Results of the family income of participants showed that 77% fell under low-income category (Rs. 1000–5000), 17% fell under the middle income category (Rs. 5000–10,000), and 6% of families fell under high-income category (Rs. 10,000 and above). Participants who belonged to high-income category were small business owners and those who belonged to middle- and low-income category were predominantly agriculturalists and daily wage workers.
[Table 2] presents the mean value of anthropometric measurements and percentage distribution of biochemical and clinical parameters. [Figure 1] displays the percentage distribution of the participants according to their BMI status. [Table 3] presents the mean nutrient intake of the participants compared to the RDA, its level of significance, and also the percentage differences between mean nutrient intake and RDA that are presented as a percentage of adequacy/inadequacy.
|Figure 1: Percentage distribution of Kolagur tribal women according to body mass index|
Click here to view
The mean height and mean body weight of the participants were 152.40 ± 5.84 cm and 50.15 ± 10.20 kg, respectively [Table 2]. Therefore, the mean BMI was 21.64 ± 4.52 kg/m2. Percentage distribution of participants according to their BMI revealed that about 38% were within normal BMI, 25% were underweight, 20% were obese, and 17% were overweight [Figure 1].
The mean MWC and MHC were 76.36 ± 12.44 cm and 88.56 ± 13.02 cm, respectively. Therefore, the mean WHR was 0.87 ± 0.13 which is marginally higher than the normal cutoff value for women. The mean body fat percentage (30.41% ±7.16%) of the participants was within the normal range.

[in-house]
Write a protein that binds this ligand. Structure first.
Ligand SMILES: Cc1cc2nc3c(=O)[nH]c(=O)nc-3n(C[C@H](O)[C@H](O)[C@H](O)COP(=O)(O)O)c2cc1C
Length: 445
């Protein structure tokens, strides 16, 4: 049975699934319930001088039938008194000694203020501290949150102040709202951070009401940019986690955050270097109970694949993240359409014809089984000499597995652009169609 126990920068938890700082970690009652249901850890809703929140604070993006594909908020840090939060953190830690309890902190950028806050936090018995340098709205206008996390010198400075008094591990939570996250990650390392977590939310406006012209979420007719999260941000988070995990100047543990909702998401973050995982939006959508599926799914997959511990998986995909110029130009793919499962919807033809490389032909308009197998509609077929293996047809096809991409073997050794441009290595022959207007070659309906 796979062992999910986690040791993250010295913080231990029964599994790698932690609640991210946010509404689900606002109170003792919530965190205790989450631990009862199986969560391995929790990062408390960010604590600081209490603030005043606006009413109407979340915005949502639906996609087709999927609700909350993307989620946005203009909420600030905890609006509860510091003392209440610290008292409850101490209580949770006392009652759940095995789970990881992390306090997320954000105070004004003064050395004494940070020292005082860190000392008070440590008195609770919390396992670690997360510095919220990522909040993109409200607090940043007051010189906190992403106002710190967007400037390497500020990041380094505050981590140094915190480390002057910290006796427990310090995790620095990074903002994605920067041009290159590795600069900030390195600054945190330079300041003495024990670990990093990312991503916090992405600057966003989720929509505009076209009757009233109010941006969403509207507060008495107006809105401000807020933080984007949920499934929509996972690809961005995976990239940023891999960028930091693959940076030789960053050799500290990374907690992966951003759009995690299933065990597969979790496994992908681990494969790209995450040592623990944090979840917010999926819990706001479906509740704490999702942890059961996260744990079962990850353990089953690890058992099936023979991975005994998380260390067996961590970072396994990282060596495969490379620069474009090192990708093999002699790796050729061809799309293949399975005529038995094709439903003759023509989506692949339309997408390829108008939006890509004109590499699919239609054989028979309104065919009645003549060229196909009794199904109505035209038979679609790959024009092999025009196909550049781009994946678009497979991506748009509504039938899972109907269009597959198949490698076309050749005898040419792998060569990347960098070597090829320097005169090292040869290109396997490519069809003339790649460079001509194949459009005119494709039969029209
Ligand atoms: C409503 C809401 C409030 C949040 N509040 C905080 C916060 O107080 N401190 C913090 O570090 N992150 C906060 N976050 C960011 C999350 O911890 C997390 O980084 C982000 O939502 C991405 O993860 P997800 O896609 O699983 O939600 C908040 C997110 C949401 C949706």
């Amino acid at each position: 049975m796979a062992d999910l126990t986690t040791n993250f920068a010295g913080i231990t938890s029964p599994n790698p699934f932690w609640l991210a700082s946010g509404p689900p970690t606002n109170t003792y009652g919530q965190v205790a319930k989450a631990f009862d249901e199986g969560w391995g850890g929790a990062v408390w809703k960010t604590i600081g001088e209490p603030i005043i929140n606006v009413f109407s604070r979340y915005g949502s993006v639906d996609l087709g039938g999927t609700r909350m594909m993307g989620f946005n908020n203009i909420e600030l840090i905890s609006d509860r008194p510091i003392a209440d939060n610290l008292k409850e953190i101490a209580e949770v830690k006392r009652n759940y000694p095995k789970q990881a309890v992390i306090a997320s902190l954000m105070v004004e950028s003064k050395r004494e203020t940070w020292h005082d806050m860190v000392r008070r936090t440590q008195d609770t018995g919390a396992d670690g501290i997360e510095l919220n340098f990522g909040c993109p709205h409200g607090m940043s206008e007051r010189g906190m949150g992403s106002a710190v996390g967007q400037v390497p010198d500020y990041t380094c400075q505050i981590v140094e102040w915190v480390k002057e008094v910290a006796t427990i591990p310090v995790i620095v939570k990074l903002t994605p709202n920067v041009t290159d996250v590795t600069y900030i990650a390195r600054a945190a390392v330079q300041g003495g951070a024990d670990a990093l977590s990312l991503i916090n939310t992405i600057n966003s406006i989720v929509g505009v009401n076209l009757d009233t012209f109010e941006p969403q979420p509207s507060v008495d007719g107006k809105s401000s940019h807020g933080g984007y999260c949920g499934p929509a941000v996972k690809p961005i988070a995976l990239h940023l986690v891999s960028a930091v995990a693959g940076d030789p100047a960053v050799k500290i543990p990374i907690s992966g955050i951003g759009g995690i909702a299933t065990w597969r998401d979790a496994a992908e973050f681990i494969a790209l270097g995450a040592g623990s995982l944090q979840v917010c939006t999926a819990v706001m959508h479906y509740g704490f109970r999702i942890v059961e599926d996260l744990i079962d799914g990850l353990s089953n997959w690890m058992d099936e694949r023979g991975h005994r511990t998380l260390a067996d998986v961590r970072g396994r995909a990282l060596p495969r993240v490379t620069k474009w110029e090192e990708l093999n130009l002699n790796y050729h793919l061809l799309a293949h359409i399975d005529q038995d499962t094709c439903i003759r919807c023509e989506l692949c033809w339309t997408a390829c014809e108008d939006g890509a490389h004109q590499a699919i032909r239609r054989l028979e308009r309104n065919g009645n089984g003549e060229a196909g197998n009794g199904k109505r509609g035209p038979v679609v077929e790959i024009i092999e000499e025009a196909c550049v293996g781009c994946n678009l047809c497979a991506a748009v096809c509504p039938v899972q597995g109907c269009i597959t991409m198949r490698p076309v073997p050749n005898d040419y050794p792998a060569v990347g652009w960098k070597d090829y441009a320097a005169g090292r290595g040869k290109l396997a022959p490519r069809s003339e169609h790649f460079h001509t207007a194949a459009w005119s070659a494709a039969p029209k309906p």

With regard to anemic status, about 73% of the participants were found to have normal blood hemoglobin levels, 21% were mildly anemic, 5% moderately anemic, and 1% severely anemic [Table 2].
Majority (70%) of the participants had fasting blood glucose levels within normal limits; 21% had impaired fasting blood glucose thereby indicating prediabetes, and 9% were diabetic.
From [Table 2], it can be inferred that 49% of the participants were found to have normal blood pressure levels, 20% were in hypertension Stage 2, 19% of them in prehypertensive stage, and 12% in the Stage 1 of hypertension. The mean pulse rate (86.14 ± 13.20 beats/min) was found to be within the normal range.
The mean nutrient intake of the participants compared to the RDA for moderate workers is given in [Table 3]. The mean energy intake (2401.58 ± 624.96 Kcal/day) of the participants was found to be significantly higher than the RDA. The mean carbohydrate intake was 492.77 ± 135.71 gm/day and the mean dietary fiber intake was 44.60 ± 37.38 gm/day. The mean protein intake (57.12 ± 17.09 gm/day) was higher than the RDA but not statistically significant. The mean fat intake (14.42 ± 11.91 gm/day) was found to be significantly lesser than the RDA.